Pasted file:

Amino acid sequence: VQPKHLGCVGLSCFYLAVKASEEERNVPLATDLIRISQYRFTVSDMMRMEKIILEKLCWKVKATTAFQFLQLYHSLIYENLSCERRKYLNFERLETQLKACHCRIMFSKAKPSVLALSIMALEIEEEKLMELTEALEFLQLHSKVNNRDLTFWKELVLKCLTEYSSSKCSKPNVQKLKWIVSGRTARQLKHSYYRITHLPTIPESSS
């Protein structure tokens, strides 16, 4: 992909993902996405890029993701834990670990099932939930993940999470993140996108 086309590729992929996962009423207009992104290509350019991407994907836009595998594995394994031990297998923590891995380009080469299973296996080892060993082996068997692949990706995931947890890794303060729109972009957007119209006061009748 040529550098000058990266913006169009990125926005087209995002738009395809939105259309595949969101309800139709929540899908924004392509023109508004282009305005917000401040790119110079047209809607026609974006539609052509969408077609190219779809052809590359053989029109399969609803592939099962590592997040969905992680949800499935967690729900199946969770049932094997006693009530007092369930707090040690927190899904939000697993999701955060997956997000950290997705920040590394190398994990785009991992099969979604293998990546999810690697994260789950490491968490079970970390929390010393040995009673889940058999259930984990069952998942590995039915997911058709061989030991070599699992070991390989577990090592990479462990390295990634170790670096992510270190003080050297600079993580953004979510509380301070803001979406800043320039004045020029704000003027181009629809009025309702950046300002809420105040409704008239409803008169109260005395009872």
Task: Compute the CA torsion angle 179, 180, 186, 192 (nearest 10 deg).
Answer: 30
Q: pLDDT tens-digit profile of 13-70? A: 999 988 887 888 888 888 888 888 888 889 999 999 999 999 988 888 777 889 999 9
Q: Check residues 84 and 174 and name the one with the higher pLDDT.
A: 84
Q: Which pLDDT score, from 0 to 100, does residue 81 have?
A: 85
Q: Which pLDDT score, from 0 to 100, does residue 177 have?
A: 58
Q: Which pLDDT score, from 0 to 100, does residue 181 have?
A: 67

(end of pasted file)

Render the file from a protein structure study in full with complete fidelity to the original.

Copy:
Amino acid sequence: VQPKHLGCVGLSCFYLAVKASEEERNVPLATDLIRISQYRFTVSDMMRMEKIILEKLCWKVKATTAFQFLQLYHSLIYENLSCERRKYLNFERLETQLKACHCRIMFSKAKPSVLALSIMALEIEEEKLMELTEALEFLQLHSKVNNRDLTFWKELVLKCLTEYSSSKCSKPNVQKLKWIVSGRTARQLKHSYYRITHLPTIPESSS
């Protein structure tokens, strides 16, 4: 992909993902996405890029993701834990670990099932939930993940999470993140996108 086309590729992929996962009423207009992104290509350019991407994907836009595998594995394994031990297998923590891995380009080469299973296996080892060993082996068997692949990706995931947890890794303060729109972009957007119209006061009748 040529550098000058990266913006169009990125926005087209995002738009395809939105259309595949969101309800139709929540899908924004392509023109508004282009305005917000401040790119110079047209809607026609974006539609052509969408077609190219779809052809590359053989029109399969609803592939099962590592997040969905992680949800499935967690729900199946969770049932094997006693009530007092369930707090040690927190899904939000697993999701955060997956997000950290997705920040590394190398994990785009991992099969979604293998990546999810690697994260789950490491968490079970970390929390010393040995009673889940058999259930984990069952998942590995039915997911058709061989030991070599699992070991390989577990090592990479462990390295990634170790670096992510270190003080050297600079993580953004979510509380301070803001979406800043320039004045020029704000003027181009629809009025309702950046300002809420105040409704008239409803008169109260005395009872």
Task: Compute the CA torsion angle 179, 180, 186, 192 (nearest 10 deg).
Answer: 30
Q: pLDDT tens-digit profile of 13-70? A: 999 988 887 888 888 888 888 888 888 889 999 999 999 999 988 888 777 889 999 9
Q: Check residues 84 and 174 and name the one with the higher pLDDT.
A: 84
Q: Which pLDDT score, from 0 to 100, does residue 81 have?
A: 85
Q: Which pLDDT score, from 0 to 100, does residue 177 have?
A: 58
Q: Which pLDDT score, from 0 to 100, does residue 181 have?
A: 67